Newspapers across the world are in trouble, and private newspapers in Africa have been hit particularly hard, writes Amos Safo for Public Agenda. Using Ghana as an example, he reports that many newspapers are being suffocated out of the market:
“[T]hanks firstly, to the increasing price of newsprint and associated costs. Secondly many newspapers are being denied adverts not only by private companies, but state institutions. As you read this article, The Statesman has folded up temporarily to regroup. Other newspapers, including Public Agenda are heavily indebted to their printers to the extent that some have not paid their reporters for three months.”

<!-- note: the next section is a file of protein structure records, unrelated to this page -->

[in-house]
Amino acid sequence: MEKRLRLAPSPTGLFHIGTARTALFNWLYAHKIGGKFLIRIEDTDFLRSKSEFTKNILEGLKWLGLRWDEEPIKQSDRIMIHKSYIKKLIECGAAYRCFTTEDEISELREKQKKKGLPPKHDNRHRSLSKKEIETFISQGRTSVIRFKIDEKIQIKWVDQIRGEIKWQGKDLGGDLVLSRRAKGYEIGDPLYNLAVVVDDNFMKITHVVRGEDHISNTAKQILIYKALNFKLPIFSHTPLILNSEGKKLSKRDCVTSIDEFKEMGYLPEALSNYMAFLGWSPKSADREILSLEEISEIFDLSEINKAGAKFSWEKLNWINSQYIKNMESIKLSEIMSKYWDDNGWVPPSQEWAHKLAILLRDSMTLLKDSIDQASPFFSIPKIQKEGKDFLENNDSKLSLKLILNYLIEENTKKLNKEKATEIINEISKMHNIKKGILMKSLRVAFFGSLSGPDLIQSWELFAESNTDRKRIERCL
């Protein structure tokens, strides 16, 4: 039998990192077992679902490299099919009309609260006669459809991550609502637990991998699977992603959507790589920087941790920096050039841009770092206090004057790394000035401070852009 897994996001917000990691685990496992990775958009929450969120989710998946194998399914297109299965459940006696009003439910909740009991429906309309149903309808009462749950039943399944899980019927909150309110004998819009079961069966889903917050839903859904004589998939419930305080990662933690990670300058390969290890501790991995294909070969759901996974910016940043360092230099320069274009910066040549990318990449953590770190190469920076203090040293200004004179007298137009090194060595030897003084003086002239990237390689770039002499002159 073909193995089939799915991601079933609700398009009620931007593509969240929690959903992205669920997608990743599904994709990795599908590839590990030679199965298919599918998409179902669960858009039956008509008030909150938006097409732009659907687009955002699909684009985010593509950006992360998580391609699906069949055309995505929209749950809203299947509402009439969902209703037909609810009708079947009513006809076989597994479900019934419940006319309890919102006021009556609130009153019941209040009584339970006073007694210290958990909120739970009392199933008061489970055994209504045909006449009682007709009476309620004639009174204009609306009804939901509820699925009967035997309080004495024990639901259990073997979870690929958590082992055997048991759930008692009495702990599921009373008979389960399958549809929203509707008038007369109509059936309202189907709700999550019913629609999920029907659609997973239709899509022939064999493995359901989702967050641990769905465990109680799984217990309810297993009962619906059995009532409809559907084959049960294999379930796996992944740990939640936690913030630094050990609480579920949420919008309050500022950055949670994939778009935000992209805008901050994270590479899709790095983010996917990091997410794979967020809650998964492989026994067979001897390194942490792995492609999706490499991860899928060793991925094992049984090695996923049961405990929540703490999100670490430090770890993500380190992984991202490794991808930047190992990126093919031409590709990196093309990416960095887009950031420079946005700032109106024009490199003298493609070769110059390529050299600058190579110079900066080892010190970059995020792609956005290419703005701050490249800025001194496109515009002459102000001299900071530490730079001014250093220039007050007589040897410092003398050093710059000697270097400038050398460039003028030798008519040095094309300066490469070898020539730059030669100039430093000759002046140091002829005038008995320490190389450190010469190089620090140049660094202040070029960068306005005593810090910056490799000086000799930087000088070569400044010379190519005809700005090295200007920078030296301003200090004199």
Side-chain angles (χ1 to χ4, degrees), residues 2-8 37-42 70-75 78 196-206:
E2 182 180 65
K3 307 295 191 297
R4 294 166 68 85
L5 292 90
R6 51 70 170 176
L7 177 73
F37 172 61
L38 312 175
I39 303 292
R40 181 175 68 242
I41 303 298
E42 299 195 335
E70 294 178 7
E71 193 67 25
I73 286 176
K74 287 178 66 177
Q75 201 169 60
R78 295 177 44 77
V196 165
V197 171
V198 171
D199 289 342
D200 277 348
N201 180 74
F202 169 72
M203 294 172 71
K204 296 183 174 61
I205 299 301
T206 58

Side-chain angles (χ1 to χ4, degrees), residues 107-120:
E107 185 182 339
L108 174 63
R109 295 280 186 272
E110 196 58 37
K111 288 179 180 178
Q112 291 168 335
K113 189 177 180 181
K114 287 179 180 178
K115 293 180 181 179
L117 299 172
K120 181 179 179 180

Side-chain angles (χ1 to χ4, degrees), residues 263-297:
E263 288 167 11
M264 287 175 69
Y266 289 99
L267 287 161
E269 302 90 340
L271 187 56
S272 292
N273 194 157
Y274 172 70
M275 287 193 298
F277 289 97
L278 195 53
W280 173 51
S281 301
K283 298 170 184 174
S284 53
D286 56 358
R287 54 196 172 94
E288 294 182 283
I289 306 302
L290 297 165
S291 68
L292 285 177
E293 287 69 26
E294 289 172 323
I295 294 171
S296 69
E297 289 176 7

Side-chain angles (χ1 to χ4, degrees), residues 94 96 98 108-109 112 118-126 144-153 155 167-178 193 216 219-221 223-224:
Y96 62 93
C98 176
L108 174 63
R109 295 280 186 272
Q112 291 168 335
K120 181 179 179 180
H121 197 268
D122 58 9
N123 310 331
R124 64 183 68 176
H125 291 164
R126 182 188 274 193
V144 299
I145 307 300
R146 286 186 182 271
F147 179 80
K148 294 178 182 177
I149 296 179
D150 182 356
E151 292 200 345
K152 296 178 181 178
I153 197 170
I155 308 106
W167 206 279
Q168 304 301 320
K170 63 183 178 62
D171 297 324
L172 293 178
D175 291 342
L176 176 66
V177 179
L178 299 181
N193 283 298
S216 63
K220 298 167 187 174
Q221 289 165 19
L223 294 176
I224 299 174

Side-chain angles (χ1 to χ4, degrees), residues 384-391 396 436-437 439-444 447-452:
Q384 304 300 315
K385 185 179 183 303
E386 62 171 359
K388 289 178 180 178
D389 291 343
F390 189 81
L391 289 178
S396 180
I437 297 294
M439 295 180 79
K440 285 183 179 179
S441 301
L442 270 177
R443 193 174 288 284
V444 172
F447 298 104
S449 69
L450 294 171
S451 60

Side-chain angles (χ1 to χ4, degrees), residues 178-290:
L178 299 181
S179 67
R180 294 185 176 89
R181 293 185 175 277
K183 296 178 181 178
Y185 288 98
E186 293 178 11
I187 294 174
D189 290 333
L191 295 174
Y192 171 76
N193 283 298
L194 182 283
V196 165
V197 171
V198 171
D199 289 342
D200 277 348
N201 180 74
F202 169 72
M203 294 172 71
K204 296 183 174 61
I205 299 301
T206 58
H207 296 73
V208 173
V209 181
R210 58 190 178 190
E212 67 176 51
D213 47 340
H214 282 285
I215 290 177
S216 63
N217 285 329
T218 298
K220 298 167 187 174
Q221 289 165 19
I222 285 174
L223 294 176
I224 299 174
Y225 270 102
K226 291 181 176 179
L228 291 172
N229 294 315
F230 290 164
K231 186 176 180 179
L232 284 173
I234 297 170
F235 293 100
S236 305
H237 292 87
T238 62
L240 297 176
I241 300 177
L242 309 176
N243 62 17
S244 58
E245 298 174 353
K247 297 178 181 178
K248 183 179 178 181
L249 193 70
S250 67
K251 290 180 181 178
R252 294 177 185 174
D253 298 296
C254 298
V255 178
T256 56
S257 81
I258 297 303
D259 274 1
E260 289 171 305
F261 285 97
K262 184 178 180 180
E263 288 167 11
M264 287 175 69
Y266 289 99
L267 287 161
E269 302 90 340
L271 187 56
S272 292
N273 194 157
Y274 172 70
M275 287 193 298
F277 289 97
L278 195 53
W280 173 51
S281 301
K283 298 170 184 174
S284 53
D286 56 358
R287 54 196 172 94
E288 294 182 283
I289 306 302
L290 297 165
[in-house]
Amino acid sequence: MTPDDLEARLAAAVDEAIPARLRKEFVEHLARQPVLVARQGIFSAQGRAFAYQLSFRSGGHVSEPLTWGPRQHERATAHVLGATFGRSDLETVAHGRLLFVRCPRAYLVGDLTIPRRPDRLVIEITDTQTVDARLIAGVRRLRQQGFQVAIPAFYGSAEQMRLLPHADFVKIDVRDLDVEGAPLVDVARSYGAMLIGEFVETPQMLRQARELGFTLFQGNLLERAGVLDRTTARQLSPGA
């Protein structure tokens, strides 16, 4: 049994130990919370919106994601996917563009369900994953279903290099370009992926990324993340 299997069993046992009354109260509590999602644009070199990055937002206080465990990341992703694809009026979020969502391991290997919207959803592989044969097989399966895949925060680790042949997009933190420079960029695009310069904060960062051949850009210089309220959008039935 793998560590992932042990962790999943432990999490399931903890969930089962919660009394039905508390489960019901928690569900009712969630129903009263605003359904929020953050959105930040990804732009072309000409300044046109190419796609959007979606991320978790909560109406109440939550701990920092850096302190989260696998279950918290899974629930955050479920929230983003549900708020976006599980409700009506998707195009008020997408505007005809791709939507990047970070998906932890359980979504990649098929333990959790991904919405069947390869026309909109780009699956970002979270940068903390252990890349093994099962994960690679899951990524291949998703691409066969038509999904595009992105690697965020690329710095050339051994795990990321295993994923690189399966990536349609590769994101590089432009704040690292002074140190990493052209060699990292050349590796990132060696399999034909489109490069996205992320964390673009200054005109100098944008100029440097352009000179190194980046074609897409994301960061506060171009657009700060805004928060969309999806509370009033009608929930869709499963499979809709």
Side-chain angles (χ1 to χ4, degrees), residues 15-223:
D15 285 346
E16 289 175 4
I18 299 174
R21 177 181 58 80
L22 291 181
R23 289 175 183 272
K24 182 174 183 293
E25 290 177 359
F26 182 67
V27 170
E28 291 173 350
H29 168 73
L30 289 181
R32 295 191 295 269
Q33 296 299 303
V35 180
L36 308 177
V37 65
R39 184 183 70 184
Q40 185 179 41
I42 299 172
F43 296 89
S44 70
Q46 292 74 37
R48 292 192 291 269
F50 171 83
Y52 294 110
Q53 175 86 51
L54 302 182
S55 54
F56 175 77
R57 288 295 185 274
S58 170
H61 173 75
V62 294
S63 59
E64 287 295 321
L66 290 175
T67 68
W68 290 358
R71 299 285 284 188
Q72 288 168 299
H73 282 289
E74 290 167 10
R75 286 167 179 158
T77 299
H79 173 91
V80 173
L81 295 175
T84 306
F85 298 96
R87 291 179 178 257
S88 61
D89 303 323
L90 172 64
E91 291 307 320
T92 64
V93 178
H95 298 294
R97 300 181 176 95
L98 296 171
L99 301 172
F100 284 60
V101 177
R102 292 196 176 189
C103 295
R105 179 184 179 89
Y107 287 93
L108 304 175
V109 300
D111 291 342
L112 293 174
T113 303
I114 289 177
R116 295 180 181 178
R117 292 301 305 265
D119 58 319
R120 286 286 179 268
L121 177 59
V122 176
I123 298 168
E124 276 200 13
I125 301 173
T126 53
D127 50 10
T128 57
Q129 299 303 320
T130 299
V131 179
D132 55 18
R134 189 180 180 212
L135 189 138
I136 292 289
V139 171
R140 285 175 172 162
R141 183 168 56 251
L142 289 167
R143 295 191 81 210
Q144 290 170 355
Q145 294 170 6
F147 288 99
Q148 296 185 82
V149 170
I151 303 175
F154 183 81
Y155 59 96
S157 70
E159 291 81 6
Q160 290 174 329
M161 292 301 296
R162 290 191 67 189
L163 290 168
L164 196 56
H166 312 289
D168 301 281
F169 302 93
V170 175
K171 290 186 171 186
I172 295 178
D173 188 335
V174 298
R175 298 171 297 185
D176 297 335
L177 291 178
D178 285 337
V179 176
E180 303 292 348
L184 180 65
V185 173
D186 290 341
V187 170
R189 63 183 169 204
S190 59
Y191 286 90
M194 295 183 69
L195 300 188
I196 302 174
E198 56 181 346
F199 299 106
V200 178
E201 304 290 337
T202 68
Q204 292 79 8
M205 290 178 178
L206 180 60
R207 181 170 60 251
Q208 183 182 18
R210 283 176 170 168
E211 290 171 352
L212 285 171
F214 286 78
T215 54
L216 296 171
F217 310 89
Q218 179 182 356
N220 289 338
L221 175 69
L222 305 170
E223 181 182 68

The dean of the Ghanaian Parliamentary Press Corps (PPC), Andrew Edwin Arthur, recommended that the Ghana Journalist Association work with the Ministries of Information and Education ‘to help streamline’ journalism training institutions in Ghana, reports AllAfrica.com.
“This, according to him, would help raise journalism standards which for some time now have been on the decline. Mr. Arthur’s argument was against the backdrop of falling standards of journalism in the country which he partly attributed to the influx of ‘mushroom’ journalism institutions that have not been accredited and recognized by the National Accreditation Board (NAB).”